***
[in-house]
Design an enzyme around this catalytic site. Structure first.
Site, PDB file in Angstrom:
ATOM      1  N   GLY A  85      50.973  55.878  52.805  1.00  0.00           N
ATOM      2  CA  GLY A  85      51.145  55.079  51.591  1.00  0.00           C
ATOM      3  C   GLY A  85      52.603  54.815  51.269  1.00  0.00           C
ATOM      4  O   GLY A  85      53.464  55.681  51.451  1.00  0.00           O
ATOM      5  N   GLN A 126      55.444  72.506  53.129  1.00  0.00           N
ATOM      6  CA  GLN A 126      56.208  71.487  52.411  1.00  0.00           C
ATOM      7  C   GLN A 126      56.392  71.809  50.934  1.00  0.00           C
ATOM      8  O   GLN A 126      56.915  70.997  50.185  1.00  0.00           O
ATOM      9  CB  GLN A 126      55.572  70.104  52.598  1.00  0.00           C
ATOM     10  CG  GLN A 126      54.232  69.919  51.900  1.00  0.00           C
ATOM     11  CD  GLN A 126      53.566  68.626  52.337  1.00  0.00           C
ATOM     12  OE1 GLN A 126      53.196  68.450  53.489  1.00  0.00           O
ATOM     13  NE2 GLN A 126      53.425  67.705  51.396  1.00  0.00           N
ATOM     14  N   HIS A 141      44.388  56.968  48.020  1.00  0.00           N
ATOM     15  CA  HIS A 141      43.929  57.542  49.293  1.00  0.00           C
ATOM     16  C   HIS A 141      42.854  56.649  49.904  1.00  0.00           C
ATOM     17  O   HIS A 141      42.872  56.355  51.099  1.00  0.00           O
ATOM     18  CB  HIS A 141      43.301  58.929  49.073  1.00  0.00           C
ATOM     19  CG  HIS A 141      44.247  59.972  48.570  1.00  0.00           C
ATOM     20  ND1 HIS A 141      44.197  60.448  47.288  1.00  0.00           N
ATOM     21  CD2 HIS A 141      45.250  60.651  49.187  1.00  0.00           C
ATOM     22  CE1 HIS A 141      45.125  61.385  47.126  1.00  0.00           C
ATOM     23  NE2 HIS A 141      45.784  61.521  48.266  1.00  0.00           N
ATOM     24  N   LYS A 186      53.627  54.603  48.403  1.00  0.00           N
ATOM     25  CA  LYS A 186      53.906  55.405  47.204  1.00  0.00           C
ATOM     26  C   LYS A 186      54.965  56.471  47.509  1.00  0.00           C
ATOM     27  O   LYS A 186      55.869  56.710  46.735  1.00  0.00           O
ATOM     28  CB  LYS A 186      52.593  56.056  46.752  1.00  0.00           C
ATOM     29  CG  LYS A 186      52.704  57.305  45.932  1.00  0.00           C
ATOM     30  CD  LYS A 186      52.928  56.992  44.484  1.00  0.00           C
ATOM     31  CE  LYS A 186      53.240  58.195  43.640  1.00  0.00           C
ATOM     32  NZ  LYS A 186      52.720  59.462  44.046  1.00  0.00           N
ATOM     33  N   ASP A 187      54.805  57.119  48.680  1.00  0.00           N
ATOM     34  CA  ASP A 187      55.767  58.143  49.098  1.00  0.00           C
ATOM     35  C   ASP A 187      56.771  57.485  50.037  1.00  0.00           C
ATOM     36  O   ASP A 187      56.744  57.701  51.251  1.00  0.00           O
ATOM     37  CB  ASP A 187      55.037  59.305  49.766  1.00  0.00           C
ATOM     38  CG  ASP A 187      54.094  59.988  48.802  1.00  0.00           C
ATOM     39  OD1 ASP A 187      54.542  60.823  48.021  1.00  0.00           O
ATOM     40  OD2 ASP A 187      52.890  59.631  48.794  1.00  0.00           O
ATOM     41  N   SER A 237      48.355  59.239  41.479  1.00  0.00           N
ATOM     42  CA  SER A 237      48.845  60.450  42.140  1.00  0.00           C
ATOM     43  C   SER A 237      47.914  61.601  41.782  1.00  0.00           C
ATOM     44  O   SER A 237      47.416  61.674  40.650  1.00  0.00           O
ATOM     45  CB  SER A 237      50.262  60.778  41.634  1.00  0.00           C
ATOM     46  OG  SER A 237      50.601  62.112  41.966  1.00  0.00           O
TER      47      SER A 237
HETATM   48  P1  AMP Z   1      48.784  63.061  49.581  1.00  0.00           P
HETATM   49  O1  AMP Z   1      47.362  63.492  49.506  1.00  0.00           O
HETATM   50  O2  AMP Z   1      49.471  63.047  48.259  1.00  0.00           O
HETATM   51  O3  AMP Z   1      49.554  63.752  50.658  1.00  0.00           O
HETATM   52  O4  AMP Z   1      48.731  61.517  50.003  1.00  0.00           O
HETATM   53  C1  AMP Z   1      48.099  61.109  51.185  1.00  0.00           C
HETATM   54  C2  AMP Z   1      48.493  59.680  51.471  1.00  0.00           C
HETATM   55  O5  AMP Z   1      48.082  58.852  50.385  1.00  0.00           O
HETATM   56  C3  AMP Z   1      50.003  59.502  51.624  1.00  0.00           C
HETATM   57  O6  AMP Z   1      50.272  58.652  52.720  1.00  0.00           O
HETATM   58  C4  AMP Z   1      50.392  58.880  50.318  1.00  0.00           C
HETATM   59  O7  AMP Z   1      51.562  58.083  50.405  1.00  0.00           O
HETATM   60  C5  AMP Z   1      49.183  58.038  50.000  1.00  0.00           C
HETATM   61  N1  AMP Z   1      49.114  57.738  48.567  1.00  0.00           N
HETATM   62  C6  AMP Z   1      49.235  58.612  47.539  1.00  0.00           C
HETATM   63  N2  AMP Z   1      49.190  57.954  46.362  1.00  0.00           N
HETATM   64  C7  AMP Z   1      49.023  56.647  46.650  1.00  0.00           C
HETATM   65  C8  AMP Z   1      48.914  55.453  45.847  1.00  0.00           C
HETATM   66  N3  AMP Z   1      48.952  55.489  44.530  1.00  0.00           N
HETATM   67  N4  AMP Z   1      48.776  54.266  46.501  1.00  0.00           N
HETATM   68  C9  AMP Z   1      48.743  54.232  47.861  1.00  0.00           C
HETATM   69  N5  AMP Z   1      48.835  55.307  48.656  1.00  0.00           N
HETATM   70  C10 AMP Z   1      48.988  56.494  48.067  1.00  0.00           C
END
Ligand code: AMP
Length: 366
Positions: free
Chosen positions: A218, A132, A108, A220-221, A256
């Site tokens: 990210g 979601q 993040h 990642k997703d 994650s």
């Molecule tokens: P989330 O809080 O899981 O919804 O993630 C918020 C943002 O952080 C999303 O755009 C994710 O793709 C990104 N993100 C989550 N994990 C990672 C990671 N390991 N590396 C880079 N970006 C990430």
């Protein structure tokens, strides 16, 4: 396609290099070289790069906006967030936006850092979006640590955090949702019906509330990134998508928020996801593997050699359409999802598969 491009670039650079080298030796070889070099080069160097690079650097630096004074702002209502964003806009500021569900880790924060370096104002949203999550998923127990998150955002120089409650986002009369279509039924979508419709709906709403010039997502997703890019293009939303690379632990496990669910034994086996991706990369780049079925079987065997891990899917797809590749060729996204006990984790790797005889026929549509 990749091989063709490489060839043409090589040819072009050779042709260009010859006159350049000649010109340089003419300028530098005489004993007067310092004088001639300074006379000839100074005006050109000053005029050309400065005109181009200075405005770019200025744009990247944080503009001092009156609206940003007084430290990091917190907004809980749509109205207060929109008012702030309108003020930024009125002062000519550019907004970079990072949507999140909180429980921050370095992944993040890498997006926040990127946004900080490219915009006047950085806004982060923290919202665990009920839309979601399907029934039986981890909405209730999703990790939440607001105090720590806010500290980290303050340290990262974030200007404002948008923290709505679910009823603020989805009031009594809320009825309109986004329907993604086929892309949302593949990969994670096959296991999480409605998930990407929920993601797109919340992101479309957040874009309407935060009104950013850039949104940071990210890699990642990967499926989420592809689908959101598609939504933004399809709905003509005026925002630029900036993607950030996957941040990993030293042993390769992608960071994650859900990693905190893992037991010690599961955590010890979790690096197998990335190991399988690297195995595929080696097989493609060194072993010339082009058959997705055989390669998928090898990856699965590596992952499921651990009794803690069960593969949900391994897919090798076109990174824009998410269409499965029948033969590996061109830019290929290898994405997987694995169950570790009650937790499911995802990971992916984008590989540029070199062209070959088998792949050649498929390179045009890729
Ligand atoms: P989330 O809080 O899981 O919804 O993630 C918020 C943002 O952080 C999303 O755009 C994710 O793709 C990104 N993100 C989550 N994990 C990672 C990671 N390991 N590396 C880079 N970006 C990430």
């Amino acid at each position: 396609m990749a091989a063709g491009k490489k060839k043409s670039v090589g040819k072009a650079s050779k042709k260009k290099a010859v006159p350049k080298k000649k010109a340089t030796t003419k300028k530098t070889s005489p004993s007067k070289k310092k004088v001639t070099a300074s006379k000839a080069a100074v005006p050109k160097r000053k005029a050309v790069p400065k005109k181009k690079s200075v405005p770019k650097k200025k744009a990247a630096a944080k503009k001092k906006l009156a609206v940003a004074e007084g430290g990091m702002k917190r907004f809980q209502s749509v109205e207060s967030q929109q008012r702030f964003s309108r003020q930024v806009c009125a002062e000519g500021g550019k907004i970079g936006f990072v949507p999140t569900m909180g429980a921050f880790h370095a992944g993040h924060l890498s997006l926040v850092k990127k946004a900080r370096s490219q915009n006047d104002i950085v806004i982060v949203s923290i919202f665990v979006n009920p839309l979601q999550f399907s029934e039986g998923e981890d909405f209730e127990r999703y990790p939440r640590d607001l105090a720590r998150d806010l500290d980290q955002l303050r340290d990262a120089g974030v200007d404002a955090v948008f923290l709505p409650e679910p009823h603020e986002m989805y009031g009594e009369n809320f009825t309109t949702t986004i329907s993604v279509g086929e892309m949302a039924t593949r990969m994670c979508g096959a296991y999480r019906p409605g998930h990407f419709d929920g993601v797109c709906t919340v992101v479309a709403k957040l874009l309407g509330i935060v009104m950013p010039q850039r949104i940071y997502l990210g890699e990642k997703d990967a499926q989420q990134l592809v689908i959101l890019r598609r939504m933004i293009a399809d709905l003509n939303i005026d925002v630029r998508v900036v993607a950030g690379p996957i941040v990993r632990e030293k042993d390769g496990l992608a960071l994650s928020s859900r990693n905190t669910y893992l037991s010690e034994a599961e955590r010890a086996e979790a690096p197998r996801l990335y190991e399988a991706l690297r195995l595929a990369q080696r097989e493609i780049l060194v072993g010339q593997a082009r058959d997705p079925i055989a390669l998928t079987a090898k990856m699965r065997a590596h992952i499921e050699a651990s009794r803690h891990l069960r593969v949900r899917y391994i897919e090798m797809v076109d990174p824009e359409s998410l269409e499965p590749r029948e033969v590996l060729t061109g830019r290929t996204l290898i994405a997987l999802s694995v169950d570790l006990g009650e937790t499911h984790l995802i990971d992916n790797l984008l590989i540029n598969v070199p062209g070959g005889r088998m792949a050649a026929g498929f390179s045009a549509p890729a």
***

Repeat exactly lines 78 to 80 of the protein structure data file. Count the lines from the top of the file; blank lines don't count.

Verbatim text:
Chosen positions: A218, A132, A108, A220-221, A256
């Site tokens: 990210g 979601q 993040h 990642k997703d 994650s």
């Molecule tokens: P989330 O809080 O899981 O919804 O993630 C918020 C943002 O952080 C999303 O755009 C994710 O793709 C990104 N993100 C989550 N994990 C990672 C990671 N390991 N590396 C880079 N970006 C990430």